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Having reviewed Blab 12, 13 and 14, there's a danger
of having little new to say about Blab 15, the latest in this excellent series
of collections of graphic art edited by Monte Beauchamp published by
Fantagraphics. It features many of the
same artists from the previous books, including Camile Rose Garcia, Walter
Minus, Baseman, Blanquet, Fred Stonehouse, The Clayton Brothers, Sue Coe &
Judith Brody, Greg Clarke, and Drew Friedman.
The quality of production is high and the work is arresting and
original, even if some of it is very similar to art that has appeared in
previous books. Rather than describe
each artist, I'll just focus on a couple of pieces.
Maybe because it is so reminiscent
of outsider art, I'm particularly drawn to "Four Horsemen" by Reumann
and Robel. These are four pages of
black pen drawing on white paper, with fantastic images full of bizarre
details. There are clearly some
religious themes, especially in the fourth page where signs are marked with
"Dieu," (French for God), "Beyond," "Faith,"
"Reincarnation," and various Christian symbols such as crosses. The other pages have strange creatures, diners,
hooded figures, executions and contortions.
The pages are so full of small drawings that it is almost impossible to
take in all the details, and it would take a better interpreter than myself to
work out what it all means. Even
without the help of the title of the piece though, it would be easy enough to
identify the images as apocalyptic though.
One of the effects of becoming more
familiar with the work of some of these artists is that one notes how one's
reaction to their work changes with repeated exposure. I think I was puzzled and even non-plussed
by the work of the Clayton Brothers previously, but on seeing their
contribution here, "Home, Take Them Out," I find myself more
thrilled. It is a colorful painting,
maybe some kind of oil paint on a hard surface like wood. The sharp definition of some of the lines in
the work suggest some drawing was
involved. It is an utterly bizarre
work, with two adults and a younger person.
The man who looks a little like Thom Yorke of the band Radiohead, wears
a helmet or hat with the letters "DF" on the front and a T-shirt with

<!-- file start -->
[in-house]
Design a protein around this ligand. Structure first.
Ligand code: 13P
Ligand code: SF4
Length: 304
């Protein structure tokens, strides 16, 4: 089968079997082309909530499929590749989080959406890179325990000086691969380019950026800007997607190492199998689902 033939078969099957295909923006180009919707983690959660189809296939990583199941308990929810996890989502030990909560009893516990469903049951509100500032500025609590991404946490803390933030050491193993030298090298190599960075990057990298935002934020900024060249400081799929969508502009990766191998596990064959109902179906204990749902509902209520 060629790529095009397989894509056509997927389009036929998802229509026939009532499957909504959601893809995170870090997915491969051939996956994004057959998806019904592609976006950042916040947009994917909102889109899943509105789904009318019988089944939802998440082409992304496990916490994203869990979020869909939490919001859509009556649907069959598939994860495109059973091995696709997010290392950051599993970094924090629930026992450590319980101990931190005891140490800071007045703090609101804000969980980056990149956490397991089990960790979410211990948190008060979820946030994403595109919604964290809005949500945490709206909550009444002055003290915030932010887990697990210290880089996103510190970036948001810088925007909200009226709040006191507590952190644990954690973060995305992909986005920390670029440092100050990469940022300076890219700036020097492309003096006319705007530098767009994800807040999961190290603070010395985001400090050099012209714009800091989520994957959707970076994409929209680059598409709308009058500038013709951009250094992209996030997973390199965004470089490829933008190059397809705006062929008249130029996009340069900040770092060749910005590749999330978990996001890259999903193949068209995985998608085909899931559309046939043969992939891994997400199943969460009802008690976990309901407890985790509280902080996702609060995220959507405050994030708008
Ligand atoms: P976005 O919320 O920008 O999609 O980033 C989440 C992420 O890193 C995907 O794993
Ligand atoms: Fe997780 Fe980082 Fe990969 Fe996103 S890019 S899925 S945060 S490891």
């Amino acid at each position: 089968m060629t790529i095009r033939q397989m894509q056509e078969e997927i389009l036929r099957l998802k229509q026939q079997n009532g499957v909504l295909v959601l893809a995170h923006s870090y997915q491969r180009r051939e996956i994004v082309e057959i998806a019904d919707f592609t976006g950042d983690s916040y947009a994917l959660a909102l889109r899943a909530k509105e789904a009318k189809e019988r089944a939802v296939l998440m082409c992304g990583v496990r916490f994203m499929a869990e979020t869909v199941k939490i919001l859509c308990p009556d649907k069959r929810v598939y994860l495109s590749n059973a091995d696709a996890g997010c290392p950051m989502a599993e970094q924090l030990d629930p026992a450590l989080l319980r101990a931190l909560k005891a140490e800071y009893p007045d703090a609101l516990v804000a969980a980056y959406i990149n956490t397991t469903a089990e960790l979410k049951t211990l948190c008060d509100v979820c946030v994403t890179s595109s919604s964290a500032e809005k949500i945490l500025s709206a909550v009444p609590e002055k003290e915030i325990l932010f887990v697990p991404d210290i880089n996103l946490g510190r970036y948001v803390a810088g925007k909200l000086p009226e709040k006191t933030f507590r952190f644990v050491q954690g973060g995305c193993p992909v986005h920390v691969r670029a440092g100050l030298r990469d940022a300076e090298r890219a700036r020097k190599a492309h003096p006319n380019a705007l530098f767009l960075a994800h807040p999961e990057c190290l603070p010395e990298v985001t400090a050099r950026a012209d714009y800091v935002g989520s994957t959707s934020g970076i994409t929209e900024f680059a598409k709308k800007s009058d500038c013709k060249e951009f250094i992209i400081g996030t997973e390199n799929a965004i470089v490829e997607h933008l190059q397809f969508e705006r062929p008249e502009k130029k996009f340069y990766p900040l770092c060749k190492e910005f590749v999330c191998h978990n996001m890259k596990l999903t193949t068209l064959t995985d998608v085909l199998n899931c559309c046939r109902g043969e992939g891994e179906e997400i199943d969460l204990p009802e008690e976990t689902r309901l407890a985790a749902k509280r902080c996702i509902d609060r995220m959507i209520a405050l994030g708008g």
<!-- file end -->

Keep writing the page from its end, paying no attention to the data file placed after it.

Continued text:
"Rock and Roll Sushi." His
left arm is extended with three hands attached: one holds a hose, one also
holds the hose and has a small yellow bird sitting on its wrist, and the third
seems to be scratching the head of a green cat walking upright and holding
cardboard carton like you get from a Chinese restaurant, with "Day Time
Fun" written on the side. The
woman wears a short green dress with large yellow dots. She is riding a deer whose right left leg is
bandaged. Behind her, holding on round
her waist, is a doleful creature looking like a teddy bear in underpants. Behind the deer is another cat walking
upright, wearing a T-shirt with the logo "Rosco's Chicken and
Waffles." The cat is black, and
has a beautiful pattern in white around its left eye. In the center of the picture is a boy-like being wearing black
jeans and a white T-shirt with a "Mr. Softy" logo, sitting in a red
wheelbarrow. He also has a pattern over
his face, in green, but it extends beyond the borders of his face suggesting
that it may be made of eyebrows and eyelashes rather than being something
painted on his skin. On his lap stands
another teddy bear creature in white underpants, dribbling. In the background are trees and patterns,
and in the foreground a hand extends towards a faucet coming out of the ground
to which the other end of the hose is attached, looking like it is going to
turn on the water flow. It is hard to
impossible to say what it all means, but it feels like some kind of family scene. Emotionally, it is both funny and alienating,
with the two adults looking blankly at the viewer rather than at what they are
Some of the pieces in Blab 15
are political, some tell stories, some are colorful and some are dramatic black
and white drawing. Nearly every piece
has a forceful emotional tone to it, with lots of caricature and iconographic
energy. The tone is crude, rude, countercultural and subversive. Much of it is also psychologically twisted
and angry, yet at the same time there's a great love of the pictorial language
of popular culture expressed in these images.
It is very different from most comic book art and it is especially
removed from the world of the contemporary art scene that you might find in the
Chelsea art galleries in New York City.
Fantagraphics deserves high praise for supporting this work. Recommended.
© 2005 Christian Perring. All rights reserved.
Christian Perring, Ph.D., is Academic Chair of
the Arts & Humanities Division and Chair of the Philosophy Department at
Dowling College, Long Island. He is also editor of Metapsychology Online
Review. His main research is on philosophical issues in medicine,
psychiatry and psychology.